While he may not hold the highest draft stock heading into May, the former Crimson Tide safety can still sneak into the middle or late rounds, injury and all.

James Hurst, OL, University of North Carolina (Fibula)

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    Associated Press

    Similar to Vinnie Sunseri, University of North Carolina offensive lineman James Hurst's final college football season ended with an injury.

    According to the official Tar Heel football Twitter account, he suffered a non-displaced fibula fracture during a 39-17 Belk Bowl victory over the University of Cincinnati.

    The key phrase in that diagnosis? Non-displaced.

    A non-displaced fibula fracture implies the broken bone maintained its overall alignment—running from the knee to the ankle via the outside of the leg. Usually, such an injury does not require surgery, and simple immobilization and rehab almost always offer a good outcome.

    Furthermore, after the bone completes the lion's share of the re-attachment process, rehab is relatively simple—compared to ligamentous knee injuries, at least.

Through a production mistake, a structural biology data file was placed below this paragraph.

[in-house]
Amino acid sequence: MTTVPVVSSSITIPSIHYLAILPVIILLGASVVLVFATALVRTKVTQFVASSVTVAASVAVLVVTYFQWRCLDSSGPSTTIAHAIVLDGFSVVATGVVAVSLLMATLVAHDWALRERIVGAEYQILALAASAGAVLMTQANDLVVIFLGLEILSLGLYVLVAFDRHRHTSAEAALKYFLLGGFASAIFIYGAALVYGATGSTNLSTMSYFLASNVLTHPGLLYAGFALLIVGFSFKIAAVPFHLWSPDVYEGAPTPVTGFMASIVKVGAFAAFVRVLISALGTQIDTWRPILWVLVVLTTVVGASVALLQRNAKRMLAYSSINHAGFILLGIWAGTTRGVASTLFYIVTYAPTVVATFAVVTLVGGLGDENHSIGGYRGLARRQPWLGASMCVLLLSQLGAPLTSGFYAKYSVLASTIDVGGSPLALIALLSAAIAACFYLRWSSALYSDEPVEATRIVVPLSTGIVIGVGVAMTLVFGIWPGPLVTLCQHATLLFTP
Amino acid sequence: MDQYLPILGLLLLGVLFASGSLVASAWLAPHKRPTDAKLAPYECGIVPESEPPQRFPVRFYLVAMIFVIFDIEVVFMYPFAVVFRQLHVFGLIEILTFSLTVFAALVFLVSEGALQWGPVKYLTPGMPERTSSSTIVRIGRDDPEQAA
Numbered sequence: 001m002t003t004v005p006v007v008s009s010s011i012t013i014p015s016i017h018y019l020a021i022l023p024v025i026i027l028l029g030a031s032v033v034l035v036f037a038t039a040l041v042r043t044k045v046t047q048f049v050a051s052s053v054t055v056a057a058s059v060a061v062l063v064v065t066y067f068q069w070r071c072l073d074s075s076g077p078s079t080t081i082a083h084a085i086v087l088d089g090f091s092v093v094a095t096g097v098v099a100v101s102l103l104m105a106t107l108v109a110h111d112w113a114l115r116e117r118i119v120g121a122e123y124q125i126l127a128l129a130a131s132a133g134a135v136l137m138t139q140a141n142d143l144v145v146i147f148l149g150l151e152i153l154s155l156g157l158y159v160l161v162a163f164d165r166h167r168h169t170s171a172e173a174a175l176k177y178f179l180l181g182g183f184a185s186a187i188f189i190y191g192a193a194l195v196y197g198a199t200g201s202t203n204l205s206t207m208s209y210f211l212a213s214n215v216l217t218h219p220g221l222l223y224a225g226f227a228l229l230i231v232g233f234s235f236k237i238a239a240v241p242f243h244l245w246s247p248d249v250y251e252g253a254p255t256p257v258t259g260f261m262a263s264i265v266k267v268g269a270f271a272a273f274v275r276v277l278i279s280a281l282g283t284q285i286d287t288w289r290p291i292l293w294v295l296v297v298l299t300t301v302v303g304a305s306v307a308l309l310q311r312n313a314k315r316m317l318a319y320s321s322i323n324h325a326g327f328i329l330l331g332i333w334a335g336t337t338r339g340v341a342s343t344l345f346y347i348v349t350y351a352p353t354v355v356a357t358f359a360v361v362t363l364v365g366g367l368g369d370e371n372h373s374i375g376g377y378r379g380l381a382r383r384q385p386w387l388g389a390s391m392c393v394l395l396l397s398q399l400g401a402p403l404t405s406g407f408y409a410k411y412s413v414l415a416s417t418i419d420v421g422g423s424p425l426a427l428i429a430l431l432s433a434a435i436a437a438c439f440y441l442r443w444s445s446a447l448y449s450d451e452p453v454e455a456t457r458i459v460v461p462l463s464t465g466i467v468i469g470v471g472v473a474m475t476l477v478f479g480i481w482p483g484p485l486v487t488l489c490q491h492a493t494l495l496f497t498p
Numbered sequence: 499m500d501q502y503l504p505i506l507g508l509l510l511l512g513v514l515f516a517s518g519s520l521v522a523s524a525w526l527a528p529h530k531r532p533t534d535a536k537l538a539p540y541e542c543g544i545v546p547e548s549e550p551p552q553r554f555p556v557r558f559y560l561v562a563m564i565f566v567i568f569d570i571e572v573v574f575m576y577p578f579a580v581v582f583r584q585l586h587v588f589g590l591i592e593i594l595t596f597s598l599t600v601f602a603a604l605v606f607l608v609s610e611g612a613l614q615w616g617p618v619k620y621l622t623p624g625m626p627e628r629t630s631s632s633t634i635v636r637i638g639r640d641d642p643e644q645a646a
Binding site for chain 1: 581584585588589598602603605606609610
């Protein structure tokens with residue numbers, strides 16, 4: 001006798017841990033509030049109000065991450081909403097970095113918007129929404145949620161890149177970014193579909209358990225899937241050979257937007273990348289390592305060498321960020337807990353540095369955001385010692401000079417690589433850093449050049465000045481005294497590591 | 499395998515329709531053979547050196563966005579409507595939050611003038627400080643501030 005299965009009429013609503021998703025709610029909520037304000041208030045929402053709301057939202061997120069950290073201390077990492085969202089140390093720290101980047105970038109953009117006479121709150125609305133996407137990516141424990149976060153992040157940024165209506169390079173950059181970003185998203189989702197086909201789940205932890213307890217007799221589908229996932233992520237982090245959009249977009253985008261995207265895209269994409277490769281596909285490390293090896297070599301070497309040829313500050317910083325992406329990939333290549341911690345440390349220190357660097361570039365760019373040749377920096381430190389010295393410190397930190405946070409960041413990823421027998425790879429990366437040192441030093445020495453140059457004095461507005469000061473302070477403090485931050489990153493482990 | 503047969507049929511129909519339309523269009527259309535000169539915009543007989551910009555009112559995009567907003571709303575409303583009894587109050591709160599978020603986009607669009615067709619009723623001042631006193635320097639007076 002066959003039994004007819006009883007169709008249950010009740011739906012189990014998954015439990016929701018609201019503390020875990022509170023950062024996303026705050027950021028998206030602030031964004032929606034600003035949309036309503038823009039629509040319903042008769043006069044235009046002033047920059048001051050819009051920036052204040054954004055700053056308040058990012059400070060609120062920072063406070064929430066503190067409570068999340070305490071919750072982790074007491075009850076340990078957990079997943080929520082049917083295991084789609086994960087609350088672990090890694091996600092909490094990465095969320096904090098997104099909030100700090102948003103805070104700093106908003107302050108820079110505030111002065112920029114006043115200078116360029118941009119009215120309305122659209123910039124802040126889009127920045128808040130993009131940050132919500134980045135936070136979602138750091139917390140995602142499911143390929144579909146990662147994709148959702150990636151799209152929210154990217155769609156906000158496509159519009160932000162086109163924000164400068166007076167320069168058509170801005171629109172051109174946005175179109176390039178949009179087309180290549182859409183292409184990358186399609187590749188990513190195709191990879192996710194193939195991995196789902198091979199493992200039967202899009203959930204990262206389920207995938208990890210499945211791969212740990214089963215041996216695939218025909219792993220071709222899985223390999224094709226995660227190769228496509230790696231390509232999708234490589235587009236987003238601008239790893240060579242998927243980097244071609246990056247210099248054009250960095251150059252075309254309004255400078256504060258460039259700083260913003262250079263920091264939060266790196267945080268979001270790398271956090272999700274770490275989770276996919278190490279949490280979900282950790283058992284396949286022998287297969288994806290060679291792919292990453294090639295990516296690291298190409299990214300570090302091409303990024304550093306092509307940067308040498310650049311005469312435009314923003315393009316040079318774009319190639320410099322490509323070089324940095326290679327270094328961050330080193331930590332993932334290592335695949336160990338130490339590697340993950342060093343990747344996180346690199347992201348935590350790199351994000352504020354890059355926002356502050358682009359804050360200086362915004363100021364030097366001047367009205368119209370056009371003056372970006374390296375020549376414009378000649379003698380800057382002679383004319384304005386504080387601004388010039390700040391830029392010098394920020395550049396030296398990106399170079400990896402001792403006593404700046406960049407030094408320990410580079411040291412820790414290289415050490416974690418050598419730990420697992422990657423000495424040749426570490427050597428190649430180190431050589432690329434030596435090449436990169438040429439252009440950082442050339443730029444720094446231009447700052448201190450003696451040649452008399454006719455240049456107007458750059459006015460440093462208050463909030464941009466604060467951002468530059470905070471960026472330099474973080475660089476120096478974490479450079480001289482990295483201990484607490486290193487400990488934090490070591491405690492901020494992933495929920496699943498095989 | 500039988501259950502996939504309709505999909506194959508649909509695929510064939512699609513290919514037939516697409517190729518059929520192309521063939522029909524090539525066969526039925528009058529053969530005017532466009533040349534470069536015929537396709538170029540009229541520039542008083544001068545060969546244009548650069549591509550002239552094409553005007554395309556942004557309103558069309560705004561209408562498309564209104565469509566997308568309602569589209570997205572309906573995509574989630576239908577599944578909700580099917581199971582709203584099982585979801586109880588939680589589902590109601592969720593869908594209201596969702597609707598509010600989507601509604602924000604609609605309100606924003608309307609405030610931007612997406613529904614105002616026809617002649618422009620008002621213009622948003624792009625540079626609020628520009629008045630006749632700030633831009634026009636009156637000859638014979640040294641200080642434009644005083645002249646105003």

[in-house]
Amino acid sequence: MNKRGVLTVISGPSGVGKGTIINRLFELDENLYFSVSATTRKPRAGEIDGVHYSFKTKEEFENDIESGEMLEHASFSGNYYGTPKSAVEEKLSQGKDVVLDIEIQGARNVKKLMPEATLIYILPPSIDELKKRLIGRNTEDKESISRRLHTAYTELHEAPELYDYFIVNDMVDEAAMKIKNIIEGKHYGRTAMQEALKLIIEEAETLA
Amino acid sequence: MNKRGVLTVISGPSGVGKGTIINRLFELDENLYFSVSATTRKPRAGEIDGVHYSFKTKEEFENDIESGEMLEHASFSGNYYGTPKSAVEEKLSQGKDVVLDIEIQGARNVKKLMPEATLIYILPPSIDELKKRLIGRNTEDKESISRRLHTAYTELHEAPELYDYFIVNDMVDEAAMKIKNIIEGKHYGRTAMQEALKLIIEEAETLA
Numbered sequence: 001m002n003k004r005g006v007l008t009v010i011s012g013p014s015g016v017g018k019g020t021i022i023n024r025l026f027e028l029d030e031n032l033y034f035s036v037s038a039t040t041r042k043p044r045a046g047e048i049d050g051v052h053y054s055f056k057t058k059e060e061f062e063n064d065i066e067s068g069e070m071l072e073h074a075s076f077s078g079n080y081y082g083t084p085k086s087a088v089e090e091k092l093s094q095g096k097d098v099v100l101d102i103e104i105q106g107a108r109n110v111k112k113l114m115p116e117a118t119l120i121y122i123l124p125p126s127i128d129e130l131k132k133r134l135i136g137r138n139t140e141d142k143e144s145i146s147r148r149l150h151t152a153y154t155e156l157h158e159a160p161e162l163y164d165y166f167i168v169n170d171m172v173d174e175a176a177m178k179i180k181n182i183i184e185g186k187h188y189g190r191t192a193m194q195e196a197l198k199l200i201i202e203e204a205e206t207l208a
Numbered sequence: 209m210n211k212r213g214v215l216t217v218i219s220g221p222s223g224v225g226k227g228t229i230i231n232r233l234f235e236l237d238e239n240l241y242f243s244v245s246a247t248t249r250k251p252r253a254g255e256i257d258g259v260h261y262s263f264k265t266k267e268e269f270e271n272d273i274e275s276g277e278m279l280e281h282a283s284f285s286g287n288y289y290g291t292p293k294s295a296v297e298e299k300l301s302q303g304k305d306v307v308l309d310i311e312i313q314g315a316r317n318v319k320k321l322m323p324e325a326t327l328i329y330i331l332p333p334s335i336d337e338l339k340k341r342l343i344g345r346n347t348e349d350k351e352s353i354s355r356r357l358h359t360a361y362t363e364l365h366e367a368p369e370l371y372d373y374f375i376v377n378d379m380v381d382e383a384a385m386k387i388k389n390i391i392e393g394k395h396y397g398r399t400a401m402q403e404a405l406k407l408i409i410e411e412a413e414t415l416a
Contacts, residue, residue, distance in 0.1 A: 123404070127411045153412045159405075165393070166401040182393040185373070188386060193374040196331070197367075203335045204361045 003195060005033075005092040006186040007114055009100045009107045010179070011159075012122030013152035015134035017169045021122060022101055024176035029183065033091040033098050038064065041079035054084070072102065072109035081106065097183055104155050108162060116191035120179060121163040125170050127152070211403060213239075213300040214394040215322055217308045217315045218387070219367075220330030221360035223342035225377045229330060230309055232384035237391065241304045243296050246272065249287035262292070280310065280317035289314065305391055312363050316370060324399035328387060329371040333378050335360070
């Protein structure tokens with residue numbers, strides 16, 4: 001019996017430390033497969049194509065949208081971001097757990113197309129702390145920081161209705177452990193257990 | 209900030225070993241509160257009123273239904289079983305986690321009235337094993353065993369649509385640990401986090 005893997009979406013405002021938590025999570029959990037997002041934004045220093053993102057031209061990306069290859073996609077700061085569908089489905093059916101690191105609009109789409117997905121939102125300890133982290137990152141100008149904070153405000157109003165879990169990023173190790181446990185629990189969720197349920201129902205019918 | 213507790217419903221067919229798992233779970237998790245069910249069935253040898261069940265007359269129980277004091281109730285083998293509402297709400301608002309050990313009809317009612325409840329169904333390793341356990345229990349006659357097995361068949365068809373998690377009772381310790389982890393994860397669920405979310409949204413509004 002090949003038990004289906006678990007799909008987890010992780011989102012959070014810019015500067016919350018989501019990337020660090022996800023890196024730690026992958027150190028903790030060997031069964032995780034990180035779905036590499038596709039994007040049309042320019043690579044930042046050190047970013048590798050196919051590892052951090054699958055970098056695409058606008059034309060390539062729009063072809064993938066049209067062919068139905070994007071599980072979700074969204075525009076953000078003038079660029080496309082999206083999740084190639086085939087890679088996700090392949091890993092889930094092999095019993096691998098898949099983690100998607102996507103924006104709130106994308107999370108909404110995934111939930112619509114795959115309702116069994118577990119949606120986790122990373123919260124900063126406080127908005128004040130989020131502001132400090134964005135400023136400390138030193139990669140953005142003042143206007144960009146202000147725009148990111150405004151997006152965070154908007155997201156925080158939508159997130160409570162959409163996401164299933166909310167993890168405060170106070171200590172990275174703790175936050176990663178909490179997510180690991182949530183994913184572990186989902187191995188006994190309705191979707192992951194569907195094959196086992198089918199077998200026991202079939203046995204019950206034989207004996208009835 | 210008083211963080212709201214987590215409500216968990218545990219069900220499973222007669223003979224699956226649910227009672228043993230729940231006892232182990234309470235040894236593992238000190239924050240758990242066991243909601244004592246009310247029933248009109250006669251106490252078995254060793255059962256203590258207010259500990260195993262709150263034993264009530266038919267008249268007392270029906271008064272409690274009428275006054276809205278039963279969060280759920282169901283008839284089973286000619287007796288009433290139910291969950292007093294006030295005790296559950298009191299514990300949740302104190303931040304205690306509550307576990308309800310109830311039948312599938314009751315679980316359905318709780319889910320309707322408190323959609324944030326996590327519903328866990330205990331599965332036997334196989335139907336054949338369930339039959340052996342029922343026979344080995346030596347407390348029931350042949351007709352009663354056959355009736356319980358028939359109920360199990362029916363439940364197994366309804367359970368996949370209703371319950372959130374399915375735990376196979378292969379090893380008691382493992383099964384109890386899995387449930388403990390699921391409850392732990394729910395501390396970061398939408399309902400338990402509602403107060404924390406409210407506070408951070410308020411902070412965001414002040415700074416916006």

For further proof, look no further than Houston Texans running back Andre Brown. Last year, Brown—as a member of the New York Giants—exploded onto the field his first game back from a non-displaced fibula fracture. He posted 115 yards on 30 carries that game, going on to carry the ball at least 11 times every game for the rest of the 2013 season.

    At this point, there is no reason to think Hurst cannot follow suit.

Brent Urban, DL, University of Virginia (Ankle)

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    Recently, Bleacher Report's Matt Miller projected a fourth-round selection for University of Virginia defensive lineman Brent Urban. Elsewhere, Rob Rang of CBSSports.com writes: "Broad-shouldered, long-armed and surprisingly quick off the snap, Urban certainly looks the part of a high-round selection who is just scratching the surface of his potential."